MORGAN V. COM.
AFFIRMING IN PART, REVERSING IN PART
In an 80-page behemoth of legal scholarship, the SC affirmed by a 4-3 vote Morgan’s convictions for First-Degree Burglary, Kidnapping and related offenses. However, it reversed the conviction for Second-Degree Stalking because the prosecution failed to prove the "course of conduct" element necessary for a finding of guilt. The primary issue on appeal was whether the trial court impermissibly denied the defendant’s motion to strike a potential juror for cause. During voir dire, a prospective juror admitted that he was good friends with a spouse of one of the victims in the case. He also explained that he had discussed the case with the spouse who, in turn, had relayed to the juror what the victim had told him. In a nutshell, the juror made a series of statements to the Court and counsel that reflected a bias in favor of the Commonwealth. However, when asked whether he could ultimately be fair and impartial, the juror stated that he thought he could. The trial judge denied Morgan’s motion to strike the juror for cause. Morgan then used one of his peremptory challenges to eliminate the juror.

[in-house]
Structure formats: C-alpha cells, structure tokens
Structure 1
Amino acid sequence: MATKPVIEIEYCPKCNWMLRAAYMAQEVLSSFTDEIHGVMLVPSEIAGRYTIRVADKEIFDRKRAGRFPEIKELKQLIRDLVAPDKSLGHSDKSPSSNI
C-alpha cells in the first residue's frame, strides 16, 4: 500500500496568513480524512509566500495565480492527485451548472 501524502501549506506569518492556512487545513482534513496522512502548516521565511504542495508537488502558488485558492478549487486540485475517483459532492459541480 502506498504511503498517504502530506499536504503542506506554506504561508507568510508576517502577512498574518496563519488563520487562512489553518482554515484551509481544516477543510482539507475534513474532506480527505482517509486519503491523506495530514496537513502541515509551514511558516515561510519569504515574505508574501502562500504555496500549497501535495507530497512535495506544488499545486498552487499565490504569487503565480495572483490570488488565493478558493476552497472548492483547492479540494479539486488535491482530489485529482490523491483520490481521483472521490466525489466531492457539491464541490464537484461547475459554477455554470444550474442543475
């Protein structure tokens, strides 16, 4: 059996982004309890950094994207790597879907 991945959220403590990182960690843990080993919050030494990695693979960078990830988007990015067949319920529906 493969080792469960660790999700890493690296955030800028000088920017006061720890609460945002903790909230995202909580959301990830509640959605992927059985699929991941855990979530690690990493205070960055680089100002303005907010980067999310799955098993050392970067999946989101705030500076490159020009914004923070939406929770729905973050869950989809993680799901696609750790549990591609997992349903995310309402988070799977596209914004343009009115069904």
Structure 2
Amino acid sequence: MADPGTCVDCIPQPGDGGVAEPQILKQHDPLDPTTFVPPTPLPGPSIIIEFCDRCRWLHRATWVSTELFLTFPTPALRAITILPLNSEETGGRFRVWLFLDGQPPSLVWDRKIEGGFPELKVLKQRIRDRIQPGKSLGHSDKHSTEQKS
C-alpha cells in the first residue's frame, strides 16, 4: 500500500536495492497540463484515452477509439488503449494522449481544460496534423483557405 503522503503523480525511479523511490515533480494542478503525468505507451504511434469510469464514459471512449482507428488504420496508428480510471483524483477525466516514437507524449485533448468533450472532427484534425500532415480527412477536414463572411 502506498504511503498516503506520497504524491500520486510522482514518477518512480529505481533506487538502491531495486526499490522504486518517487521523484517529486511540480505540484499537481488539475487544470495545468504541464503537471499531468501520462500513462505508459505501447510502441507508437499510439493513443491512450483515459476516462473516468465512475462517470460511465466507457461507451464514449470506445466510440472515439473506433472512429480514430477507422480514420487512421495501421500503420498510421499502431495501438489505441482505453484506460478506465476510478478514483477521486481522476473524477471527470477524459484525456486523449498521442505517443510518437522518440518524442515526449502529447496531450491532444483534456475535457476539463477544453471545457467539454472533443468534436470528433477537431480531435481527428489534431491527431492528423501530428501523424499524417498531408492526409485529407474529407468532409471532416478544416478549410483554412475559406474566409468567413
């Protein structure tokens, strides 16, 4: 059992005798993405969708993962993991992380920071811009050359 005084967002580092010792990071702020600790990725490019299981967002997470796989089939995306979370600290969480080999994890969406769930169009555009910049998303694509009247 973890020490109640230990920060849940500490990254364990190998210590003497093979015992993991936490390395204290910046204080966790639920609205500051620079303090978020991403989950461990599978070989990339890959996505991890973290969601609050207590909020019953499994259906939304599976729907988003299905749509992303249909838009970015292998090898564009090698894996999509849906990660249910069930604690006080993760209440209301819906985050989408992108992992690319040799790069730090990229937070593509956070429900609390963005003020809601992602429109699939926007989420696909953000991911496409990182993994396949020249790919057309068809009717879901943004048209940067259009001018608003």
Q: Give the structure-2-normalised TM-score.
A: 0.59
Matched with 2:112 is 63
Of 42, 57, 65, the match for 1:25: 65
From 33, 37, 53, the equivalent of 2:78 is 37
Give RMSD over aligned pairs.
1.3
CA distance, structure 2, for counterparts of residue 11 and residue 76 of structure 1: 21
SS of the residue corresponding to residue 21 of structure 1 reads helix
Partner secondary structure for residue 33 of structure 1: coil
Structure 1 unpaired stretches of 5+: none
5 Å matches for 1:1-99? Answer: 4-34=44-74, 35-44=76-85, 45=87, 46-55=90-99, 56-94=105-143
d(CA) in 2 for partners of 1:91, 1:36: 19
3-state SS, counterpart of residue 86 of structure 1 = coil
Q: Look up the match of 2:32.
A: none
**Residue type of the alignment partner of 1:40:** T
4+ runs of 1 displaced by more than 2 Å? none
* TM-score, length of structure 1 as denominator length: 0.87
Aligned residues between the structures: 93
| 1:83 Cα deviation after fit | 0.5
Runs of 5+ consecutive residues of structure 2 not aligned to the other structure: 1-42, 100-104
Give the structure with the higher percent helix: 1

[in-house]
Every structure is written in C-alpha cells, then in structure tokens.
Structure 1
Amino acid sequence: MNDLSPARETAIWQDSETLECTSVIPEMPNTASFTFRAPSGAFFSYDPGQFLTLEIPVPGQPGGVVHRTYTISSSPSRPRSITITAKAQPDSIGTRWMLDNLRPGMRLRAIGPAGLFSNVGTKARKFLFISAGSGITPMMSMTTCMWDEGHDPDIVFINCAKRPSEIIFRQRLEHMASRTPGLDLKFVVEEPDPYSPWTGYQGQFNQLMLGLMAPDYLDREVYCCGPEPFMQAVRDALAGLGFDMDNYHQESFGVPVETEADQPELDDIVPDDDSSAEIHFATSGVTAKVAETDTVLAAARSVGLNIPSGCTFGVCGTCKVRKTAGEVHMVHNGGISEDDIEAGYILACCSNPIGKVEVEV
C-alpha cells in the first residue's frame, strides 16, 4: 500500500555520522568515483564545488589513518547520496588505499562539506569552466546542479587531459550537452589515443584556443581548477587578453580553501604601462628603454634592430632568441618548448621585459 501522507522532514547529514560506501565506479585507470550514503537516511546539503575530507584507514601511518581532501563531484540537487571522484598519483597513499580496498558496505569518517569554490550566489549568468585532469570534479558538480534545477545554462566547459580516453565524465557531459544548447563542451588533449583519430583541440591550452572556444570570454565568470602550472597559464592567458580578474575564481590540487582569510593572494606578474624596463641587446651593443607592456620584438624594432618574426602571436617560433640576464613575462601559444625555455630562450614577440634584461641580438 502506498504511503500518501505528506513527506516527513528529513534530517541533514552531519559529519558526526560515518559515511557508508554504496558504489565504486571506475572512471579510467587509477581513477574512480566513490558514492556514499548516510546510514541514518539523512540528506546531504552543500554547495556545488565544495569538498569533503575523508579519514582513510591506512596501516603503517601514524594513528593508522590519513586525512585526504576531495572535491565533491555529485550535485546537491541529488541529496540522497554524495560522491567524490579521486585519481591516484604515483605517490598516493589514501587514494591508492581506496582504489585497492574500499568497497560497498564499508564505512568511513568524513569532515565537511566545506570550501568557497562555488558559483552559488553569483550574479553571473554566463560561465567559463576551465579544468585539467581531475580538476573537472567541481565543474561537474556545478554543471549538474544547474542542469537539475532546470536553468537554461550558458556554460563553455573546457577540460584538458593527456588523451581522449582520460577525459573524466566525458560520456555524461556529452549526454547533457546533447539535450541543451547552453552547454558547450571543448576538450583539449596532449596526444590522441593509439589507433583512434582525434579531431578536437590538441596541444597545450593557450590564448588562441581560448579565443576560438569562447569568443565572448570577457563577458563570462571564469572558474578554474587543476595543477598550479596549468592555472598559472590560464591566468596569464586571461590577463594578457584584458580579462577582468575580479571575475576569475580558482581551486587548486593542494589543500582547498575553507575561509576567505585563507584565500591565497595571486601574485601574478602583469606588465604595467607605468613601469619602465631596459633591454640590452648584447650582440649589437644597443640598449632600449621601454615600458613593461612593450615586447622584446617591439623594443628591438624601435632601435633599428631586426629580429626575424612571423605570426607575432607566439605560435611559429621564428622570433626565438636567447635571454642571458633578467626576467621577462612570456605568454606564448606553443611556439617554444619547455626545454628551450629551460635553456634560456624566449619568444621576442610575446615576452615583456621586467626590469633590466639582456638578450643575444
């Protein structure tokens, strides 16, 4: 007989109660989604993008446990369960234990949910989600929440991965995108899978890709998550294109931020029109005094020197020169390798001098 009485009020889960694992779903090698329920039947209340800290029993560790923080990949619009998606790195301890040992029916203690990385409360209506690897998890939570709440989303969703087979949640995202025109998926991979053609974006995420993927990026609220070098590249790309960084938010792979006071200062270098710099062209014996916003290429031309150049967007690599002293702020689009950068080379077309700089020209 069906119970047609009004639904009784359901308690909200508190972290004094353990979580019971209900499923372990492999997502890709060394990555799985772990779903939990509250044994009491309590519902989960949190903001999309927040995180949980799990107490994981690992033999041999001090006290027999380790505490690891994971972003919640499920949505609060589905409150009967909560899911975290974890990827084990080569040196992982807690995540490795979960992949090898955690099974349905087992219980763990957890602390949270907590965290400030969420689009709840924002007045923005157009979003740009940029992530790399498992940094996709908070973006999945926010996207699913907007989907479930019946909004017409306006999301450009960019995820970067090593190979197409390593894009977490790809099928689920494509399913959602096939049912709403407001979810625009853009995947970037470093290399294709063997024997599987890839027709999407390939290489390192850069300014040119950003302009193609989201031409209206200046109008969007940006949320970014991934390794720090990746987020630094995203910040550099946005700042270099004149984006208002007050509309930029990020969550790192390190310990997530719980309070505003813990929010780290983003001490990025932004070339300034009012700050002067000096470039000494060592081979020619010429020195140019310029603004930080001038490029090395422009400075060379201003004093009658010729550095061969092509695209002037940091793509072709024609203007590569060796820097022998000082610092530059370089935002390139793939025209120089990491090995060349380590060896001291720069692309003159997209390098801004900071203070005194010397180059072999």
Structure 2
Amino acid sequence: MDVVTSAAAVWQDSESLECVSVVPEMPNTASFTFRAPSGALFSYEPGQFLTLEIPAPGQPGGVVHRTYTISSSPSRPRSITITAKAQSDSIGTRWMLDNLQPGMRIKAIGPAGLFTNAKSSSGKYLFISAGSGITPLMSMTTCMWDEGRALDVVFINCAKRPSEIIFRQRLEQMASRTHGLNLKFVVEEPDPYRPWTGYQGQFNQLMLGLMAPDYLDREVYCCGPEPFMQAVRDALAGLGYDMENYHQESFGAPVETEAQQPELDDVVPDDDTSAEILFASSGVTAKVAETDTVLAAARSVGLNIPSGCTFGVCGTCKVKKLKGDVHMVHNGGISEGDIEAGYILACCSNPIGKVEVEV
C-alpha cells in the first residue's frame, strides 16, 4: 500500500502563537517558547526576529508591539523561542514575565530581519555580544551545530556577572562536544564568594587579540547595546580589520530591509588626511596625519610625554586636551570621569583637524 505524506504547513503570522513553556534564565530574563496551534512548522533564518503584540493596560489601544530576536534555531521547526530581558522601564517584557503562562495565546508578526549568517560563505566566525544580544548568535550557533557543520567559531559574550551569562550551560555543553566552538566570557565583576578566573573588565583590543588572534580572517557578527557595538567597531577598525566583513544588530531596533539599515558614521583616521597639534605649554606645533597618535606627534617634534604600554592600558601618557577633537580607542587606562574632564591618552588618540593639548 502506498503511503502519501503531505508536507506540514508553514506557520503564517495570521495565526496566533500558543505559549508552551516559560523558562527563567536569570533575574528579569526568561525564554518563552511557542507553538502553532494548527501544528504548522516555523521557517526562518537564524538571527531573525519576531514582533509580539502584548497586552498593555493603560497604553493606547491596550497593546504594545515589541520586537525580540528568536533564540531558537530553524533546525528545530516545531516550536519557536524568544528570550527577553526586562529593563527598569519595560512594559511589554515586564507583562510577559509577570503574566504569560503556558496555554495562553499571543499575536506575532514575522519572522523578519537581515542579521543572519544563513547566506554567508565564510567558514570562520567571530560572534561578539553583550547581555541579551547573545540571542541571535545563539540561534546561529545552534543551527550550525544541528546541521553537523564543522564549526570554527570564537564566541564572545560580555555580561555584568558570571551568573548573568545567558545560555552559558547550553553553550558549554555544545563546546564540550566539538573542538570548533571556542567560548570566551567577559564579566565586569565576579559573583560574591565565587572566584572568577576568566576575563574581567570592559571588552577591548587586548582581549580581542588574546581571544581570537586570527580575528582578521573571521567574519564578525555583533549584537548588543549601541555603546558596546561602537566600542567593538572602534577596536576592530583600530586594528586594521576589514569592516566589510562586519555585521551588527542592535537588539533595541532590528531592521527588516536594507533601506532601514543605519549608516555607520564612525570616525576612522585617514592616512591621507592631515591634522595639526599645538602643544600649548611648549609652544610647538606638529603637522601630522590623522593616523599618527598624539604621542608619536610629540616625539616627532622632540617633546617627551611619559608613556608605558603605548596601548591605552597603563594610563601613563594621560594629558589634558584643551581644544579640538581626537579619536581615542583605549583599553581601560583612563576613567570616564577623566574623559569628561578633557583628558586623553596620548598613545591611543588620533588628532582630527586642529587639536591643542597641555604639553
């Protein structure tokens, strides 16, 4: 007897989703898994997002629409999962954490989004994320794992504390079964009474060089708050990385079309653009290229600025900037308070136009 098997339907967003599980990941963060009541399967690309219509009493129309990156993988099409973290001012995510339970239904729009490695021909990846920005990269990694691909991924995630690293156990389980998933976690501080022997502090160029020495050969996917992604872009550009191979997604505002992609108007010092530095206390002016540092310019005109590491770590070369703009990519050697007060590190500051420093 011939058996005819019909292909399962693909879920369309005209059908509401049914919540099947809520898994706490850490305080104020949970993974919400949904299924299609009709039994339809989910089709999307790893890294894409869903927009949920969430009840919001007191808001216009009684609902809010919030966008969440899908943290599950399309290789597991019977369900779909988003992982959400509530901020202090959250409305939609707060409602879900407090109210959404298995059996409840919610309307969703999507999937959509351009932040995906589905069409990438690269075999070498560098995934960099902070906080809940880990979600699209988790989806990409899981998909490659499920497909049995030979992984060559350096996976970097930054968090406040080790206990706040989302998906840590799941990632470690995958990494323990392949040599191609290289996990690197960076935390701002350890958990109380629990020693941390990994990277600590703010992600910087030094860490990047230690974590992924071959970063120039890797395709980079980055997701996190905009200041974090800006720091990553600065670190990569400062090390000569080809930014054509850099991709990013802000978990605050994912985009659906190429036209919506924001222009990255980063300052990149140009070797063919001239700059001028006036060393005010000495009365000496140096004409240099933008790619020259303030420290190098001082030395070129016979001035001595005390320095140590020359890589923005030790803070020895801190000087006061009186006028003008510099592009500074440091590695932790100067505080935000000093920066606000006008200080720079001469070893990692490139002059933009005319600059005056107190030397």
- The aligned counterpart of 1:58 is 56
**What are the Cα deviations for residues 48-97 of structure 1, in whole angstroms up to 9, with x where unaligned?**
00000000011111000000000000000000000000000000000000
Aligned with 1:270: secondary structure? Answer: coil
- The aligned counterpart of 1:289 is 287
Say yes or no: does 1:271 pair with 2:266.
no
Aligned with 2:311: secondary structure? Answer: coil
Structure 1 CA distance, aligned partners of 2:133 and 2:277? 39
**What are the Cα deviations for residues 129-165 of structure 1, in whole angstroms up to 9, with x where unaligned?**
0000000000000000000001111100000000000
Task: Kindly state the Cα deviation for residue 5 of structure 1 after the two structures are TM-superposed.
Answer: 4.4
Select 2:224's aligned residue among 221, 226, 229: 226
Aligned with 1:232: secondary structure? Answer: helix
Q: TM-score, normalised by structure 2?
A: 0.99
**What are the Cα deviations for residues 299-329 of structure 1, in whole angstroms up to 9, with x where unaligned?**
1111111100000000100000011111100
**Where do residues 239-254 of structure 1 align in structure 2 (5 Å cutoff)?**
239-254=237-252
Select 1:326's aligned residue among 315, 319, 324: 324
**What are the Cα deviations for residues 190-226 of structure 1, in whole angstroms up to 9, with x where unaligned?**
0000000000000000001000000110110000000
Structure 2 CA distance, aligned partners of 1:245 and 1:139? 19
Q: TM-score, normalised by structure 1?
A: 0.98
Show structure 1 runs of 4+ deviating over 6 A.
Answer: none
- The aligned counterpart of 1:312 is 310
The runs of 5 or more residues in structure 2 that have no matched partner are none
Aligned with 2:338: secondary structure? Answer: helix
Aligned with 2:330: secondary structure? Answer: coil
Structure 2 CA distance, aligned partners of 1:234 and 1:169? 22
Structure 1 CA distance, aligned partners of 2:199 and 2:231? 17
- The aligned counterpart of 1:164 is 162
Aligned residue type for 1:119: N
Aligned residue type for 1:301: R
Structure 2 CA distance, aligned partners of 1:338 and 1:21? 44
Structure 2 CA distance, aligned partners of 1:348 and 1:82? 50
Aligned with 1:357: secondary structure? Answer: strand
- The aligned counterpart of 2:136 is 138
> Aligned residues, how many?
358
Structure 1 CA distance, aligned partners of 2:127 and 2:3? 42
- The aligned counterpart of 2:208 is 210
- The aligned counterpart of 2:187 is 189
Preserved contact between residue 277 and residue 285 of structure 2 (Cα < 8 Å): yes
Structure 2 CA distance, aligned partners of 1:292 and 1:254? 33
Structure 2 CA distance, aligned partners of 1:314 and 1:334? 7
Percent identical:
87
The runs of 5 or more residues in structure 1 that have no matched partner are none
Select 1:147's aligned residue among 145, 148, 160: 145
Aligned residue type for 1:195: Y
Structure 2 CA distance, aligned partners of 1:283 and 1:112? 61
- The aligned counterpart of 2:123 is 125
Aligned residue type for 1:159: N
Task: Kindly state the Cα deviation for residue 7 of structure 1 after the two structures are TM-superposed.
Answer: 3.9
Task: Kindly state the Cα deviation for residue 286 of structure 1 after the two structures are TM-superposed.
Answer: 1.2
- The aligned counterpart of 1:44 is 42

On appeal, Morgan argued that the judge had abused his discretion and that he was entitled to relief under Thomas v. Commonwealth, 864 S.W.2d 252 (Ky. 1993) — a case holding that it is per-se reversible error when a defendant is required to use a peremptory challenge to strike a juror that should have been eliminated for cause. The majority stated that it was overruling Thomas because that case improperly elevated peremptories to a right of "constitutional dimension." Graves and Roach each wrote concurring opinions. Cooper and Johnstone each wrote their own dissents on separate issues.